Johnny Sexton circles the wagons and insists Ireland are improving

Captain issues stern defence of his side but admits second 40 against Georgia was poor

Ireland captain Johnny Sexton speaks to the media ahead of Ireland's final Autumn Nations Cup clash with Scotland. Video: VOTN

 

Johnny Sexton knows he isn’t having it both ways this week. He’s probably feeling it from the tone of the questions following one of those oddly disappointing wins over Georgia where the scoreline is not so handsome looking and the execution of it less so. The Irish captain gamely tells all to think whatever they like about Ireland performances and he’ll think what he likes too.

There are often parallel conversations with players that sometimes don’t meet and as articulate as the Irish captain is today, he is content to let it slide. Today is one conversation he’s happy will run along with him believing one narrative and those listening to him probably another.

It’s not unusual and Sexton does have the advantage of experience and team knowledge. But if the years have taught him anything and the certainty is that he fully understands, the only true reckoning is the one on the gala opening night. The full 80 minutes.

“We are just saying what we feel . I know you guys don’t agree but we feel like we are progressing and we need to show it,” says Sexton. “That’s where the gap in opinion is. We are doing some great things in training, some bits in the games.

“You talk about playing well against Wales at home but again bits and pieces, we need to put out the 80 minutes performance with the finishing touches. We feel we are creating lots of opportunities but we’re not finishing them. That’s the big learning for us.

“When you have opportunities at Test level you have got to take them and when they are as clear cut as the one’s we’re creating we need to take them. That’s what we feel. You can disagree if you want. But that’s how we feel.”

Now the urgency is not only for his normal resumption to playmaker at outhalf against Scotland this weekend, after a few weeks as water carrier and angry man on the touchline (his own characterisation). But also for the team to clarify that they are not stuck in some flailing limbo between Joe Schmidt’s beloved micro detail and Andy Farrell’s more heads up, play what you see.

The important issue, he explains, is one doesn’t exclude the other, although some of the detail seemed to go missing, especially in the Georgian second-half.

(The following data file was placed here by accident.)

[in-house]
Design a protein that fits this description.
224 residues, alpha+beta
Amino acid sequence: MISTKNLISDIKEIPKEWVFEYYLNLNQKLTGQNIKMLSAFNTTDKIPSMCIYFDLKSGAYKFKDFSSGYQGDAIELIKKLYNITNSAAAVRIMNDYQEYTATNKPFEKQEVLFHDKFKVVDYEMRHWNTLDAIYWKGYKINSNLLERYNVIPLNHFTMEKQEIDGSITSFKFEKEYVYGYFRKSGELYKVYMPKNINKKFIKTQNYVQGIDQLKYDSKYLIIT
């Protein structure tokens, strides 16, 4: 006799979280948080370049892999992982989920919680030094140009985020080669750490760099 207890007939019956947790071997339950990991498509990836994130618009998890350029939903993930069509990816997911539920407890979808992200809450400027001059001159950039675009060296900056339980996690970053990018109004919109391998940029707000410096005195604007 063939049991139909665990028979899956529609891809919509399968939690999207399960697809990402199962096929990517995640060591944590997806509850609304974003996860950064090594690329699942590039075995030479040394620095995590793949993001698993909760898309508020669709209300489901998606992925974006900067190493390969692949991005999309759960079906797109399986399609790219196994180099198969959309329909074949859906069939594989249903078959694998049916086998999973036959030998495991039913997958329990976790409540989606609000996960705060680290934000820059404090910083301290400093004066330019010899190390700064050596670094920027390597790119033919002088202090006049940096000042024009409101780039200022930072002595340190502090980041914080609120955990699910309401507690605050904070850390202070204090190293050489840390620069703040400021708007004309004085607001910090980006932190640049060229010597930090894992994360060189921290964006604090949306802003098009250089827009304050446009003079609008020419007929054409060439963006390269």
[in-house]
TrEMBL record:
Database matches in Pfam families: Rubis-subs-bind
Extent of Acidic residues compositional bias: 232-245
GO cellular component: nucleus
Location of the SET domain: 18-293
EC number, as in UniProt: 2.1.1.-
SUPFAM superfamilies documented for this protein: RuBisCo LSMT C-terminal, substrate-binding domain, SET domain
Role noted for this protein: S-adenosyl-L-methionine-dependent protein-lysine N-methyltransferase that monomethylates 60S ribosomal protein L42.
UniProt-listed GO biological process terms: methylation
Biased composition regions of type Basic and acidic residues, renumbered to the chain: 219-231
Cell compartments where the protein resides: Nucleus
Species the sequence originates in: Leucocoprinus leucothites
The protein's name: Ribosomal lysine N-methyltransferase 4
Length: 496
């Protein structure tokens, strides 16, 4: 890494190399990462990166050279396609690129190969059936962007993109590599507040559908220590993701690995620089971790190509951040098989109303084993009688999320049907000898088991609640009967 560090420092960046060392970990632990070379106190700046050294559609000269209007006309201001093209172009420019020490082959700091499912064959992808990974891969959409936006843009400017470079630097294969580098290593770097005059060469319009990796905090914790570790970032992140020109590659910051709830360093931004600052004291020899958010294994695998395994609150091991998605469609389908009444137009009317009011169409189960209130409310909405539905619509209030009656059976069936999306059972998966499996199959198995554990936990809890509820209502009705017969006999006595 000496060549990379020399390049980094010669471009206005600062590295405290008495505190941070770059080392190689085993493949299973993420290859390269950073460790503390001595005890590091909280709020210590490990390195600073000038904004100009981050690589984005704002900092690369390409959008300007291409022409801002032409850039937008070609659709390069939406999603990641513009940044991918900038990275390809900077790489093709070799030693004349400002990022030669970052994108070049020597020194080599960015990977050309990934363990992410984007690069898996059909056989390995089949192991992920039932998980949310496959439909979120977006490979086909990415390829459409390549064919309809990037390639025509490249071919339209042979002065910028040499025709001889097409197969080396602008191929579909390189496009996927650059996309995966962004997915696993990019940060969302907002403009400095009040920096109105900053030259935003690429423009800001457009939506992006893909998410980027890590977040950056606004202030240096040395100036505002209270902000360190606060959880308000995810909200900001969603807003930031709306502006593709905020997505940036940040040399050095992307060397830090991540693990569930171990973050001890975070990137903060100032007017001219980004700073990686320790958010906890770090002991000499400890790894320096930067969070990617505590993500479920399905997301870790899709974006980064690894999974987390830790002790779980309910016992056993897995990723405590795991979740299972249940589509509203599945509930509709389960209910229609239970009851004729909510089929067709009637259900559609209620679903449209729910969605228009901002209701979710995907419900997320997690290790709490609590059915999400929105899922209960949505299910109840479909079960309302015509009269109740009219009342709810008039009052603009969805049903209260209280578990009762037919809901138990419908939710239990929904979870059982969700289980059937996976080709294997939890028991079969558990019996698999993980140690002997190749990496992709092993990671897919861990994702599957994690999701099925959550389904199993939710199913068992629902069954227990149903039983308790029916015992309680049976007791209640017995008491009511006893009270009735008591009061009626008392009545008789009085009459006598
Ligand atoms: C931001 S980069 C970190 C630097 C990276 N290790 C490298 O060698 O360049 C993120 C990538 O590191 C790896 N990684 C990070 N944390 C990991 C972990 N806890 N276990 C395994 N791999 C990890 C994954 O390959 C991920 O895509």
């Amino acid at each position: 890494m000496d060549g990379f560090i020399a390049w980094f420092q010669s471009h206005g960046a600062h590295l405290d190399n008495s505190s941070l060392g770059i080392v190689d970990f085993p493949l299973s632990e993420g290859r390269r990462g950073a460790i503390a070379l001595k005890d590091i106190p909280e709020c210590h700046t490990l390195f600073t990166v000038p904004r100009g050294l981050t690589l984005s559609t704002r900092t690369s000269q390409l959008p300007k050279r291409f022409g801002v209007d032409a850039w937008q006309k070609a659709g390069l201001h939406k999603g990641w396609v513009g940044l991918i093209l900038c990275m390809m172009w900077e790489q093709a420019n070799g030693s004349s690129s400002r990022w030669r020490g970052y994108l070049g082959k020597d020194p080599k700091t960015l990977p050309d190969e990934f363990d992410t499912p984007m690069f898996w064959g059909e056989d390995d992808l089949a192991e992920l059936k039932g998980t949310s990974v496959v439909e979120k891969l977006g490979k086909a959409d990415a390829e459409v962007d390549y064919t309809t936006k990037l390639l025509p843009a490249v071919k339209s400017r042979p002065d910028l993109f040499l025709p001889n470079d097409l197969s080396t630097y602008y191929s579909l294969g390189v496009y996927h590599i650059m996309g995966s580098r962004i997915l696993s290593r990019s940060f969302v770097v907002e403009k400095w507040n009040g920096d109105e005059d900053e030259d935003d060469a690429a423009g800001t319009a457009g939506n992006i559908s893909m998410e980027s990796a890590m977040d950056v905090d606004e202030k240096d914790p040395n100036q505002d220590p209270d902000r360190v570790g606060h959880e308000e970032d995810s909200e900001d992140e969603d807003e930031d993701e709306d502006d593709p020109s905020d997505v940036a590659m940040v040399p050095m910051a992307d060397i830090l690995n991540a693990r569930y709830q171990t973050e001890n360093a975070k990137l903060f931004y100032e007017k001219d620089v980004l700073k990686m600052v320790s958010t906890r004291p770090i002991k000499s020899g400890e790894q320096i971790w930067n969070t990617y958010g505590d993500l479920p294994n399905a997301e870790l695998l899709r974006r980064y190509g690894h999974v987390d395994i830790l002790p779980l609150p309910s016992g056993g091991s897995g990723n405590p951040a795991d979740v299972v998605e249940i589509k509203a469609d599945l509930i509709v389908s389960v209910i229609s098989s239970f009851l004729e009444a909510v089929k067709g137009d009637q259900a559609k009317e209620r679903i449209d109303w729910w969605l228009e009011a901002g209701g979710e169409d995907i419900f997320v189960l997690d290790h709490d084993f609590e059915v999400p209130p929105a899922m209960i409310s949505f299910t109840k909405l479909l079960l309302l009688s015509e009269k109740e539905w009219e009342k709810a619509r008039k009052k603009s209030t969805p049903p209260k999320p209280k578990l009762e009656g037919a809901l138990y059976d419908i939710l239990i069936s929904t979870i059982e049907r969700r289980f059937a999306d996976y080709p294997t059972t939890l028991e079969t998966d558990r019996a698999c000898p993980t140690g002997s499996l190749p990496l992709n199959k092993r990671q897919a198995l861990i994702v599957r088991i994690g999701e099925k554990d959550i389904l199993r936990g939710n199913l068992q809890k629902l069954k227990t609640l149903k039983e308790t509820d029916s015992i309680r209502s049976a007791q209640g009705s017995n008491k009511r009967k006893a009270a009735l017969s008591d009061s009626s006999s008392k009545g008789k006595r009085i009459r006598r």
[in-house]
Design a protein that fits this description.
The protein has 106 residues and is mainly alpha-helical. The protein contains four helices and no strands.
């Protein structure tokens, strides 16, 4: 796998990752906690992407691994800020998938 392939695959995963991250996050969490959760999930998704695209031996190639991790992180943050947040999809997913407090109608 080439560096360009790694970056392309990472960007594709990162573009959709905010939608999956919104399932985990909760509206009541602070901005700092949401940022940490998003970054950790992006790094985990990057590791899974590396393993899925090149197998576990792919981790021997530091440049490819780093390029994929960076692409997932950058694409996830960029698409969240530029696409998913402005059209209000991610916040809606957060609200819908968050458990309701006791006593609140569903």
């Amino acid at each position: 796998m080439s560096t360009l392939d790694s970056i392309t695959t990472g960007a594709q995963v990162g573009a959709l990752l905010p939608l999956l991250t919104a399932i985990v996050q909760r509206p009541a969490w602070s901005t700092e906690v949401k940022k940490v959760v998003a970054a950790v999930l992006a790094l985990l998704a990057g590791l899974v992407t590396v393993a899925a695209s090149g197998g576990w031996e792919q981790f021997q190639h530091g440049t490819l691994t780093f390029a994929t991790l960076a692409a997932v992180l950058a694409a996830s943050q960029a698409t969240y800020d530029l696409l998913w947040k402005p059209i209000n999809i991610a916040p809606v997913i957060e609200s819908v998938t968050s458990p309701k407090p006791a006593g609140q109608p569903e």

The growing pains from Joe to Andy seemed ever more visible as the match continued. But Sexton believes the team are not spiralling backwards.

James Ryan has captained Ireland in Johnny Sexton’s absence. Photograph: Dan Sheridan/Inpho
James Ryan has captained Ireland in Johnny Sexton’s absence. Photograph: Dan Sheridan/Inpho

“No,” he says. “If you look at our results we’ve lost twice to England away and we’ve lost to France away. We won the rest of our games. So if you are talking about results which is what Test match rugby is about we can win on Saturday.

“There’s been plenty of Irish teams over the years that have lost in Twickenham and lost in France. Were they games we could have won? Maybe not the first England game. But the second one and the third one. The French one, we feel there are things that we did that got away from us.

“England were in a World Cup final and are probably one of the better teams in the world at the moment and we have to get up to that level so are we going backwards? Not when you compare it to 2019. If you go and compare it to 2018 obviously. We went backwards in 2019.”

The point about England is a fair one, although, the World Cup finalists were also heavily caned for their defensively driven winning tactics. The question might be how Ireland wish to be measured. The answer to that has always been against the best. And so it is.

Sexton’s is not entirely a straight bat captain’s defence of the coach and the team. He recognises the parts that did not work. He concedes there are gaps to be closed, creases to be ironed out and some fine tuning in areas that have been stuttering. But his sense of it is that it’s in Irish hands to solve those problems. There’s an aspect of we believe in ourselves, even if the evidence has not yet fully stacked up on the pitch.

“Georgia, I thought we started the game brilliantly,” he says. “First 40 I thought we looked very good, if you talk about the amount of time we had in the opposition 22 and just haven’t capitalised. That’s us not executing. Sometimes we are seeing it and we’re not executing, sometimes we’re not seeing it and we’re just running ourselves into brick walls.

“But that’s not getting away from. . . Andy said it. He said it to you guys and he said it to the team afterwards. It wasn’t good enough. The second-half wasn’t good enough so we can forget about the good stuff in the first-half and the little bit of misfortune, the two tries (Stuart McCloskey forward pass and James Ryan not grounding). Even if we had scored those two tries the second-half wasn’t good enough. It wasn’t our standard. We are not getting away from that. We are hoping to right those wrongs this week.”

Correction. The narrative of the players and those looking in from the outside do sometimes meet.

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